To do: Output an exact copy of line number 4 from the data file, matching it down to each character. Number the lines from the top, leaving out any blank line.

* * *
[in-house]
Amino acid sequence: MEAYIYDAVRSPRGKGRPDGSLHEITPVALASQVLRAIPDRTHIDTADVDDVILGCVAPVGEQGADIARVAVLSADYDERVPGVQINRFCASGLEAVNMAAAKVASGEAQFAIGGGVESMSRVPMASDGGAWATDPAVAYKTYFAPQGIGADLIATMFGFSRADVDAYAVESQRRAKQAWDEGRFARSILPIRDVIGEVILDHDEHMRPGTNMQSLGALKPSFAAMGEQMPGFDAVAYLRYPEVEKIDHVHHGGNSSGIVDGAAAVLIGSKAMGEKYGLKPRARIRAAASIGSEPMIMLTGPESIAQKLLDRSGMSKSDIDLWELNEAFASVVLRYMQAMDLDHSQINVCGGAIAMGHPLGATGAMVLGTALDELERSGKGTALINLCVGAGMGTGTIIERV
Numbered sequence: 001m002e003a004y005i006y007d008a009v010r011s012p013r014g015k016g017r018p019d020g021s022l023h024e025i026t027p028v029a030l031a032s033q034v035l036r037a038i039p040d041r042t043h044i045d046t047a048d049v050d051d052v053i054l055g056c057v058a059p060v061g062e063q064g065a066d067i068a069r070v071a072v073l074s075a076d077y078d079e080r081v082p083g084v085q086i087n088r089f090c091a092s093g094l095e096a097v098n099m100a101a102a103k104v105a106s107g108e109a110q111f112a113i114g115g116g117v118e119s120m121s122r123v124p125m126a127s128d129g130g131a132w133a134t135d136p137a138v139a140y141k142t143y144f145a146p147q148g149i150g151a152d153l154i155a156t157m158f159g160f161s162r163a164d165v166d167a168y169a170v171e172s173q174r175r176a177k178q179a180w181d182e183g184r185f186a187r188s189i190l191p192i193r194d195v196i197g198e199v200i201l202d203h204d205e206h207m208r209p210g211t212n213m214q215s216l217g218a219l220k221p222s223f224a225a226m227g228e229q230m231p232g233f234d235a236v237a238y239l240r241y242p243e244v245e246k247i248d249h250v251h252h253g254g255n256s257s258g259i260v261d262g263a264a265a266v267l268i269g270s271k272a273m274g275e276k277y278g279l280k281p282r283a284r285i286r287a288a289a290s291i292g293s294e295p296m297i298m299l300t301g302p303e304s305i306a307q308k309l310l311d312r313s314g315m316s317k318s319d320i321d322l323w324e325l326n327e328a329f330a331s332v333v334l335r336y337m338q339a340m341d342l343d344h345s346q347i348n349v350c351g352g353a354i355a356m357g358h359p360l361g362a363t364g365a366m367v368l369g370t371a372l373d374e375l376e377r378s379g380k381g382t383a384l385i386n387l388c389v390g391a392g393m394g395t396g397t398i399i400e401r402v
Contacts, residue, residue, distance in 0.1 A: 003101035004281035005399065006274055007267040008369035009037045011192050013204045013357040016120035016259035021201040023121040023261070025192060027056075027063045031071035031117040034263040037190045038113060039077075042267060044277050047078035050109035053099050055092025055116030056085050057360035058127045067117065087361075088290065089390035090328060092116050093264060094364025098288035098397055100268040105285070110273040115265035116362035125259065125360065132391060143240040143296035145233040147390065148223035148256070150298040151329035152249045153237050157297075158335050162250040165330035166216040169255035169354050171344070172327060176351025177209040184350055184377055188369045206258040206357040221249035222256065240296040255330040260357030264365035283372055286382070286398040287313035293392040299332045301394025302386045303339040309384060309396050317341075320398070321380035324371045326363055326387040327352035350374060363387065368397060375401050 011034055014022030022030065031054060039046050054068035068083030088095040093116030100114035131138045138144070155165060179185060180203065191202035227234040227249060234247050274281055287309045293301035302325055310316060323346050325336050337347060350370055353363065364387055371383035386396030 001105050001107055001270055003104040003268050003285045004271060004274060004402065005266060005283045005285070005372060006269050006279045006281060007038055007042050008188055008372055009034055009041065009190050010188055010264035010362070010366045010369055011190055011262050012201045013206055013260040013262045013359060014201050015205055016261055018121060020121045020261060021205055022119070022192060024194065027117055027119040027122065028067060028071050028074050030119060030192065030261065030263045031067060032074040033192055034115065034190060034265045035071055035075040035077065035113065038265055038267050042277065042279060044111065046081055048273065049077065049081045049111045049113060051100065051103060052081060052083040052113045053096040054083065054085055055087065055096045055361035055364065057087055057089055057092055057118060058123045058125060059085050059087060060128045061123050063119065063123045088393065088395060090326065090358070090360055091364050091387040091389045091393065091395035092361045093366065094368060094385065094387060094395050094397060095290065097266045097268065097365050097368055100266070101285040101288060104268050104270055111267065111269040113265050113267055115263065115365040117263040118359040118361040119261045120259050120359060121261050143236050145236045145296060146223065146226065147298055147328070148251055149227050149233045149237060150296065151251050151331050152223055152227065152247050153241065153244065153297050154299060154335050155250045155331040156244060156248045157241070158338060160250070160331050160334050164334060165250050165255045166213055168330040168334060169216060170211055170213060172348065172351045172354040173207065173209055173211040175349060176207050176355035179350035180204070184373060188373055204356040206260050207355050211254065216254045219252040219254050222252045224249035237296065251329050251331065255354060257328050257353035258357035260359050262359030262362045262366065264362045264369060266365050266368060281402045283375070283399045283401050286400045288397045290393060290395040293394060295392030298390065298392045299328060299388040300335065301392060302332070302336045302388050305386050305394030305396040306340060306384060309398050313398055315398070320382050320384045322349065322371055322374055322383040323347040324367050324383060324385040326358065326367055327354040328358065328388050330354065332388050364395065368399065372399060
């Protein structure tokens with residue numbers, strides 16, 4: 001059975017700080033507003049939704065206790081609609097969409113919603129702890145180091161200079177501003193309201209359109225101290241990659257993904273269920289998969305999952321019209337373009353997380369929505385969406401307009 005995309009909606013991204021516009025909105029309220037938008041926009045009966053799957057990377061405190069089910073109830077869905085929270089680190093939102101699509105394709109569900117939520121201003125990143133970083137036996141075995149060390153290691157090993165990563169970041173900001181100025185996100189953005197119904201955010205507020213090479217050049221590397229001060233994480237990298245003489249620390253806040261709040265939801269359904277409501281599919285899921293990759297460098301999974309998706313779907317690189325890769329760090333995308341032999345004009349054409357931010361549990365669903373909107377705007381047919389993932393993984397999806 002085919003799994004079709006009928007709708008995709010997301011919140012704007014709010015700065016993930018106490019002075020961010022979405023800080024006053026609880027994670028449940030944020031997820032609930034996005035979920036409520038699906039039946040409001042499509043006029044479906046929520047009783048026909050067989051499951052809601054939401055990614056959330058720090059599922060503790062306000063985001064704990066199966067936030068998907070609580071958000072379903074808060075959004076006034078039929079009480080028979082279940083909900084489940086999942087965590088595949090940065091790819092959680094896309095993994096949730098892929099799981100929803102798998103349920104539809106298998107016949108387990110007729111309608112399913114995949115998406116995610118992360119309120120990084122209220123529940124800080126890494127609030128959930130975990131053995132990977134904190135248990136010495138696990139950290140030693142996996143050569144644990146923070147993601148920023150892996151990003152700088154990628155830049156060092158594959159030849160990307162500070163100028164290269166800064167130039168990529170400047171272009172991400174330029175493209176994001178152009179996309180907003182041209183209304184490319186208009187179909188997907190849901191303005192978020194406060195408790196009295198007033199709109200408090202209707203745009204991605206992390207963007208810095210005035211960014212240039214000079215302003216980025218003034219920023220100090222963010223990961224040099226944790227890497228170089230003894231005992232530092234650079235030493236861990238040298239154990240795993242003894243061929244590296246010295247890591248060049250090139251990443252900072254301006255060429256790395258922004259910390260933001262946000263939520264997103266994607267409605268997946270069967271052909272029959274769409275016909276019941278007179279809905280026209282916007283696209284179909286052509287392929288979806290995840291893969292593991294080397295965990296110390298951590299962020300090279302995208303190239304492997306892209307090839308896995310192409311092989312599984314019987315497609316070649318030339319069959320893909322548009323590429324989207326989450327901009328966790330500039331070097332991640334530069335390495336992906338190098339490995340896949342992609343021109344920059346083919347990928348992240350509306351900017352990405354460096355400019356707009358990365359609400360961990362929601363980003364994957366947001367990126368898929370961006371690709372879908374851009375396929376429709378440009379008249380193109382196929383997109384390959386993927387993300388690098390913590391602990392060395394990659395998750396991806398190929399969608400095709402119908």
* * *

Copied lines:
Contacts, residue, residue, distance in 0.1 A: 003101035004281035005399065006274055007267040008369035009037045011192050013204045013357040016120035016259035021201040023121040023261070025192060027056075027063045031071035031117040034263040037190045038113060039077075042267060044277050047078035050109035053099050055092025055116030056085050057360035058127045067117065087361075088290065089390035090328060092116050093264060094364025098288035098397055100268040105285070110273040115265035116362035125259065125360065132391060143240040143296035145233040147390065148223035148256070150298040151329035152249045153237050157297075158335050162250040165330035166216040169255035169354050171344070172327060176351025177209040184350055184377055188369045206258040206357040221249035222256065240296040255330040260357030264365035283372055286382070286398040287313035293392040299332045301394025302386045303339040309384060309396050317341075320398070321380035324371045326363055326387040327352035350374060363387065368397060375401050 011034055014022030022030065031054060039046050054068035068083030088095040093116030100114035131138045138144070155165060179185060180203065191202035227234040227249060234247050274281055287309045293301035302325055310316060323346050325336050337347060350370055353363065364387055371383035386396030 001105050001107055001270055003104040003268050003285045004271060004274060004402065005266060005283045005285070005372060006269050006279045006281060007038055007042050008188055008372055009034055009041065009190050010188055010264035010362070010366045010369055011190055011262050012201045013206055013260040013262045013359060014201050015205055016261055018121060020121045020261060021205055022119070022192060024194065027117055027119040027122065028067060028071050028074050030119060030192065030261065030263045031067060032074040033192055034115065034190060034265045035071055035075040035077065035113065038265055038267050042277065042279060044111065046081055048273065049077065049081045049111045049113060051100065051103060052081060052083040052113045053096040054083065054085055055087065055096045055361035055364065057087055057089055057092055057118060058123045058125060059085050059087060060128045061123050063119065063123045088393065088395060090326065090358070090360055091364050091387040091389045091393065091395035092361045093366065094368060094385065094387060094395050094397060095290065097266045097268065097365050097368055100266070101285040101288060104268050104270055111267065111269040113265050113267055115263065115365040117263040118359040118361040119261045120259050120359060121261050143236050145236045145296060146223065146226065147298055147328070148251055149227050149233045149237060150296065151251050151331050152223055152227065152247050153241065153244065153297050154299060154335050155250045155331040156244060156248045157241070158338060160250070160331050160334050164334060165250050165255045166213055168330040168334060169216060170211055170213060172348065172351045172354040173207065173209055173211040175349060176207050176355035179350035180204070184373060188373055204356040206260050207355050211254065216254045219252040219254050222252045224249035237296065251329050251331065255354060257328050257353035258357035260359050262359030262362045262366065264362045264369060266365050266368060281402045283375070283399045283401050286400045288397045290393060290395040293394060295392030298390065298392045299328060299388040300335065301392060302332070302336045302388050305386050305394030305396040306340060306384060309398050313398055315398070320382050320384045322349065322371055322374055322383040323347040324367050324383060324385040326358065326367055327354040328358065328388050330354065332388050364395065368399065372399060